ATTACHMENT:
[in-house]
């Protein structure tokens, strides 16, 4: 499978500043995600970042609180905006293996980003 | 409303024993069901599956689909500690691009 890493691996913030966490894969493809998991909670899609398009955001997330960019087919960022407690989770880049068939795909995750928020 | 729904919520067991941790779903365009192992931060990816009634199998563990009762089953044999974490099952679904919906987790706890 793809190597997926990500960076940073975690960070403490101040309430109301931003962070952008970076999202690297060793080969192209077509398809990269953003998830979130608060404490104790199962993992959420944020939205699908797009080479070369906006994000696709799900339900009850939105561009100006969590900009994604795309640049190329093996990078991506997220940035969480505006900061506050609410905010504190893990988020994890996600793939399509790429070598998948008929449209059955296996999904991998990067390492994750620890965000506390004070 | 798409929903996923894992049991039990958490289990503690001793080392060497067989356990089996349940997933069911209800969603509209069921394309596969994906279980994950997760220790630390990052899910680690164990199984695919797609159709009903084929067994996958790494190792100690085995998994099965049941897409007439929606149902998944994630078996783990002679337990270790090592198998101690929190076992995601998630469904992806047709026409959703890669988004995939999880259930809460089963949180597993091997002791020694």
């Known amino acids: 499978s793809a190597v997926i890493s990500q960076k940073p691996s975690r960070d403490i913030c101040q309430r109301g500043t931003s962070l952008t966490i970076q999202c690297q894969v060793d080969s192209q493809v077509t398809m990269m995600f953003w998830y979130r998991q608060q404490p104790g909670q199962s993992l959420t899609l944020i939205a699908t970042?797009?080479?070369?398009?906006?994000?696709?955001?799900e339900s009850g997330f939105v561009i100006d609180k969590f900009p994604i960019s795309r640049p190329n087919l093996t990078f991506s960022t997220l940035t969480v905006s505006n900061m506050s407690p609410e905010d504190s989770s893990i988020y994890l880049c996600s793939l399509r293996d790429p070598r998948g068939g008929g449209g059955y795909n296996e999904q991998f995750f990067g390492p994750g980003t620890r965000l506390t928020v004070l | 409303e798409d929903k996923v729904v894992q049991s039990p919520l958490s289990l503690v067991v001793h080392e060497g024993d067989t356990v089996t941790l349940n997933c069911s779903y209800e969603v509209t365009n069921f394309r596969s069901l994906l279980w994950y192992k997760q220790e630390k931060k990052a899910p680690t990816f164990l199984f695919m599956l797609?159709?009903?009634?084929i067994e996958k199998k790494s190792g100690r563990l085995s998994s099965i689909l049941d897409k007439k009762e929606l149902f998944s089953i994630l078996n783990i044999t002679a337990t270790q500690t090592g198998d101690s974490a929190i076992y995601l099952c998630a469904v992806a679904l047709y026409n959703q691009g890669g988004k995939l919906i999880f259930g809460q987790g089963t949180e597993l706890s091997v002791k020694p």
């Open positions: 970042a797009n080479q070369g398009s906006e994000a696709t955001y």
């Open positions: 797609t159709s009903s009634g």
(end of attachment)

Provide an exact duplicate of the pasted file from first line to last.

[in-house]
């Protein structure tokens, strides 16, 4: 499978500043995600970042609180905006293996980003 | 409303024993069901599956689909500690691009 890493691996913030966490894969493809998991909670899609398009955001997330960019087919960022407690989770880049068939795909995750928020 | 729904919520067991941790779903365009192992931060990816009634199998563990009762089953044999974490099952679904919906987790706890 793809190597997926990500960076940073975690960070403490101040309430109301931003962070952008970076999202690297060793080969192209077509398809990269953003998830979130608060404490104790199962993992959420944020939205699908797009080479070369906006994000696709799900339900009850939105561009100006969590900009994604795309640049190329093996990078991506997220940035969480505006900061506050609410905010504190893990988020994890996600793939399509790429070598998948008929449209059955296996999904991998990067390492994750620890965000506390004070 | 798409929903996923894992049991039990958490289990503690001793080392060497067989356990089996349940997933069911209800969603509209069921394309596969994906279980994950997760220790630390990052899910680690164990199984695919797609159709009903084929067994996958790494190792100690085995998994099965049941897409007439929606149902998944994630078996783990002679337990270790090592198998101690929190076992995601998630469904992806047709026409959703890669988004995939999880259930809460089963949180597993091997002791020694």
């Known amino acids: 499978s793809a190597v997926i890493s990500q960076k940073p691996s975690r960070d403490i913030c101040q309430r109301g500043t931003s962070l952008t966490i970076q999202c690297q894969v060793d080969s192209q493809v077509t398809m990269m995600f953003w998830y979130r998991q608060q404490p104790g909670q199962s993992l959420t899609l944020i939205a699908t970042?797009?080479?070369?398009?906006?994000?696709?955001?799900e339900s009850g997330f939105v561009i100006d609180k969590f900009p994604i960019s795309r640049p190329n087919l093996t990078f991506s960022t997220l940035t969480v905006s505006n900061m506050s407690p609410e905010d504190s989770s893990i988020y994890l880049c996600s793939l399509r293996d790429p070598r998948g068939g008929g449209g059955y795909n296996e999904q991998f995750f990067g390492p994750g980003t620890r965000l506390t928020v004070l | 409303e798409d929903k996923v729904v894992q049991s039990p919520l958490s289990l503690v067991v001793h080392e060497g024993d067989t356990v089996t941790l349940n997933c069911s779903y209800e969603v509209t365009n069921f394309r596969s069901l994906l279980w994950y192992k997760q220790e630390k931060k990052a899910p680690t990816f164990l199984f695919m599956l797609?159709?009903?009634?084929i067994e996958k199998k790494s190792g100690r563990l085995s998994s099965i689909l049941d897409k007439k009762e929606l149902f998944s089953i994630l078996n783990i044999t002679a337990t270790q500690t090592g198998d101690s974490a929190i076992y995601l099952c998630a469904v992806a679904l047709y026409n959703q691009g890669g988004k995939l919906i999880f259930g809460q987790g089963t949180e597993l706890s091997v002791k020694p």
């Open positions: 970042a797009n080479q070369g398009s906006e994000a696709t955001y």
């Open positions: 797609t159709s009903s009634g």